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‘Lucky Moose’ legislation in effect

Lucky Moose owner David Chen outside a Toronto courtroom on Oct. 29, 2010 after a judge dismissed all charges against him. CITYNEWS.

The so-called Lucky Moose Bill, legislation that allows for greater leeway in making a citizen’s arrest, came into effect on Monday.

Bill C-26, the Citizen’s Arrest and Self-Defence Act, stems from Toronto Chinatown grocer David Chen, who was charged after arresting a frequent shoplifter.

However, “we don’t support vigilantism,” Justice Minister Rob Nicholson said.

Chen was on hand as Nicholson introduced the bill outside Chen’s Lucky Moose store in Toronto on Monday.  Under the new legislation, if Canadians witness a crime, they can make a citizen’s arrest within a reasonable amount of time – they don’t have to catch the perpetrator red-handed.

“We’ve made progress…I’m pleased that this has received widespread support. It was something whose time has come,” Nicholson said.

“People have a legitimate right to protect themselves, their families and their property,” Nicholson said, adding that the country’s self-defence laws, which were introduced in 1840, are out-of-date.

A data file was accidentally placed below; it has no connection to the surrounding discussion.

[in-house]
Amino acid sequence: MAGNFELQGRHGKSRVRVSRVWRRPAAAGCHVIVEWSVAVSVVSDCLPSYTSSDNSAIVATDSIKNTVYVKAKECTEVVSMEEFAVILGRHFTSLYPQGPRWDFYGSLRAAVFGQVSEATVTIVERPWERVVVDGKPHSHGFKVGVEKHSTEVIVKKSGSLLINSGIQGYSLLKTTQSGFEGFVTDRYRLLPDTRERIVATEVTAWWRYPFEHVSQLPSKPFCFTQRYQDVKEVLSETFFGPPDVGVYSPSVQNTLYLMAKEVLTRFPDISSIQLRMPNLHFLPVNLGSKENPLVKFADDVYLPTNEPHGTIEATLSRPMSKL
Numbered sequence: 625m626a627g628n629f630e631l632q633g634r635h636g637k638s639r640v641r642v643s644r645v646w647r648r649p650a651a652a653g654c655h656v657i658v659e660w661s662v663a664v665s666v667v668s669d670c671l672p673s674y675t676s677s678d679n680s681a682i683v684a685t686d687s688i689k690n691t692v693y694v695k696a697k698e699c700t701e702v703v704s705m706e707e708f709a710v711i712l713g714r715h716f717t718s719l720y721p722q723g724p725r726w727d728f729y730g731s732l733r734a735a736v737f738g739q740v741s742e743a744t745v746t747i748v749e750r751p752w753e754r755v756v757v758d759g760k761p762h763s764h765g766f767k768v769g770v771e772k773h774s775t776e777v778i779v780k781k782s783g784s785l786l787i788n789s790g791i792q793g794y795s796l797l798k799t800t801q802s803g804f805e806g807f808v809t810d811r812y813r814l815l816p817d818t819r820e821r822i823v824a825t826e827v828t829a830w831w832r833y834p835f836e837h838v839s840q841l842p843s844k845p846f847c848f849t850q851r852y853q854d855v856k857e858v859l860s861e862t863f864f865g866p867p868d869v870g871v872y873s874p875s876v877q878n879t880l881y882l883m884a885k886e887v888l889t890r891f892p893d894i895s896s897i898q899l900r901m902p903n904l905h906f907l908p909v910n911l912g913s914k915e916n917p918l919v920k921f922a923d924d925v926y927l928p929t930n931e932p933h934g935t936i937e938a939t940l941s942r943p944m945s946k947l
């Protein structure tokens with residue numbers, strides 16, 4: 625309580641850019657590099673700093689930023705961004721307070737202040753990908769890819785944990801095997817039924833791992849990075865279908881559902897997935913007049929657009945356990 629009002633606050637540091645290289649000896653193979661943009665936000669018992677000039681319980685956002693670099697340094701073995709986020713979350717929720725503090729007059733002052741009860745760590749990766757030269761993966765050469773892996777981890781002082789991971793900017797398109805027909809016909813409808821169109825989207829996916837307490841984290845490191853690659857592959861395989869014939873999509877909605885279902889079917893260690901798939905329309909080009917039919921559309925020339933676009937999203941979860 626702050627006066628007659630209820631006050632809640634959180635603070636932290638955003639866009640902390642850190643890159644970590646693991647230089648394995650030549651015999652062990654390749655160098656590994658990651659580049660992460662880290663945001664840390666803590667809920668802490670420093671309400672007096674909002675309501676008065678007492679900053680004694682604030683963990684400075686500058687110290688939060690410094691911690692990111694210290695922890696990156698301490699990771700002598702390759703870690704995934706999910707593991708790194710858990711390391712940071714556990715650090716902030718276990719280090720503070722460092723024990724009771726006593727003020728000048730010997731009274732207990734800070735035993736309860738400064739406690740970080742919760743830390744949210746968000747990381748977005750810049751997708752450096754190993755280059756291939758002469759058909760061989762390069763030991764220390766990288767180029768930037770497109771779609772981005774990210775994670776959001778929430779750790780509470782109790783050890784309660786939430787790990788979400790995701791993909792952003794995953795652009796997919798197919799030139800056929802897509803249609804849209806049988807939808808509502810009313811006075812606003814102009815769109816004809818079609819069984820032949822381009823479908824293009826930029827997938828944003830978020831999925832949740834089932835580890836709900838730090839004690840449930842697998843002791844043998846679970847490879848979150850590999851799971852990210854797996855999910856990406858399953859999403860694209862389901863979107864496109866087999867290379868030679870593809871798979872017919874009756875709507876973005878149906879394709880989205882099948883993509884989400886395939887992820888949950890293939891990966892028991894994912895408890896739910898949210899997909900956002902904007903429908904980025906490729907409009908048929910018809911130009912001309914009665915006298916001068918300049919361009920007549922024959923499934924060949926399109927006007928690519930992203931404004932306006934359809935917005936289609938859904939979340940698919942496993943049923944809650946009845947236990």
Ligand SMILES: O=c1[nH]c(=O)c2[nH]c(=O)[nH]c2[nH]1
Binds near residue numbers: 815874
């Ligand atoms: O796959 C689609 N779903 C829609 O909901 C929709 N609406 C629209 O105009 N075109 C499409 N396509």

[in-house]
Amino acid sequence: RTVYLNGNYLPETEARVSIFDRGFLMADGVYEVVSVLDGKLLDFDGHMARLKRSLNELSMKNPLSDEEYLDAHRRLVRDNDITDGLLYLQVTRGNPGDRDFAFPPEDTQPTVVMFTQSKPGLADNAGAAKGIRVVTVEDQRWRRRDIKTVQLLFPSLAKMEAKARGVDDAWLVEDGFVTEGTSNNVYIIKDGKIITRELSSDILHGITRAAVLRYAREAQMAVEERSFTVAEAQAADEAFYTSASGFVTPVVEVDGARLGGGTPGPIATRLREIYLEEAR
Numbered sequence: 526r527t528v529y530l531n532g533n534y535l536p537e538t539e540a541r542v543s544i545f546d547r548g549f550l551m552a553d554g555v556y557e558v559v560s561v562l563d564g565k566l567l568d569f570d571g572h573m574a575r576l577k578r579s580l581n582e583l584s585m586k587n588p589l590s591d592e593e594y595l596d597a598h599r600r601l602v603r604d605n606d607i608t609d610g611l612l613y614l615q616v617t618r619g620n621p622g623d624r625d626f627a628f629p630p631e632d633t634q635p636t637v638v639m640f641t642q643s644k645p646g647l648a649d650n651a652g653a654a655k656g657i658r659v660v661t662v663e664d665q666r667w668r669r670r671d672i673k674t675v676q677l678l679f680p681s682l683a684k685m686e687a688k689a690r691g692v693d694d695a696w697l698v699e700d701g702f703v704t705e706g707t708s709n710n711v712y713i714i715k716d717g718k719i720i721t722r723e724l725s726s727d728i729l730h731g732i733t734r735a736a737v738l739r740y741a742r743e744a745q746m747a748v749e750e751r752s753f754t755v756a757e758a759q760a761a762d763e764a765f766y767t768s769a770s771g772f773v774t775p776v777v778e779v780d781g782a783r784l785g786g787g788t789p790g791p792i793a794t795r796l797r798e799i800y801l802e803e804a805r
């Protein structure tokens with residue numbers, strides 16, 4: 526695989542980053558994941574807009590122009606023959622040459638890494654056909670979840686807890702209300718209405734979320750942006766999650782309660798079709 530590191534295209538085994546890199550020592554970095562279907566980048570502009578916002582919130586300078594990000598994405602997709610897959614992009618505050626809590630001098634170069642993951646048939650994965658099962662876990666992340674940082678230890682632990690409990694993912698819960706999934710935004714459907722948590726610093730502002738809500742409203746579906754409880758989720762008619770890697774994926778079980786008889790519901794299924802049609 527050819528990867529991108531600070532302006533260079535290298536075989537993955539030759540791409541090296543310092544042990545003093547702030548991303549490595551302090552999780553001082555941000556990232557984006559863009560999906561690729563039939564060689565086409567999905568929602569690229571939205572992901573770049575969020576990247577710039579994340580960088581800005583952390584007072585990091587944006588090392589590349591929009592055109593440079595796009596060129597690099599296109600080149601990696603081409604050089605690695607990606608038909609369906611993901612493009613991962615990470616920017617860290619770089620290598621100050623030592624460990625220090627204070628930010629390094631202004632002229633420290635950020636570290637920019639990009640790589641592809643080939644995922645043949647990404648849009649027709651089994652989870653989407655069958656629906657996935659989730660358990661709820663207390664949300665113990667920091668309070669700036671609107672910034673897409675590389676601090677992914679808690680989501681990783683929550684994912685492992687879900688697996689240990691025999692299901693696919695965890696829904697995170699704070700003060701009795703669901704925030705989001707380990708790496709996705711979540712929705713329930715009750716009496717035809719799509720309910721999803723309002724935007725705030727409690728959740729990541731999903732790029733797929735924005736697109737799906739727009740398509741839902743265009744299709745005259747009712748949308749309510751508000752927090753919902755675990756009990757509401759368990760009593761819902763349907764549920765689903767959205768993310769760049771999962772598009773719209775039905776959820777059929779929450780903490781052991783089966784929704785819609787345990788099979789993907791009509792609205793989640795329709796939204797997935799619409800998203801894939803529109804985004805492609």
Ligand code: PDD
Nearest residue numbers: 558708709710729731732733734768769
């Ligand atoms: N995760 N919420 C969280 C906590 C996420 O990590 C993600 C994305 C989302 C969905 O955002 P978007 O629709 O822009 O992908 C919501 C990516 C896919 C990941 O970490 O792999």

Last year, Nicholson noted a citizen’s arrest can only be made legally if it’s not feasible for police to catch the suspect, and it requires people to behave “reasonably.”

Police retain the foremost responsibility for maintaining public peace and someone making an arrest must call in officers as soon as practical and turn the suspect over to them, Nicholson said.

Chen and two co-workers chased and tied up a thief in May 2009, making what they thought was a legal citizen’s arrest.  Instead, they ended up on trial in a case that outraged many, particularly after the accused man was once again arrested for theft while the trial was underway.

The charges against Chen were dropped.

With files from The Canadian Press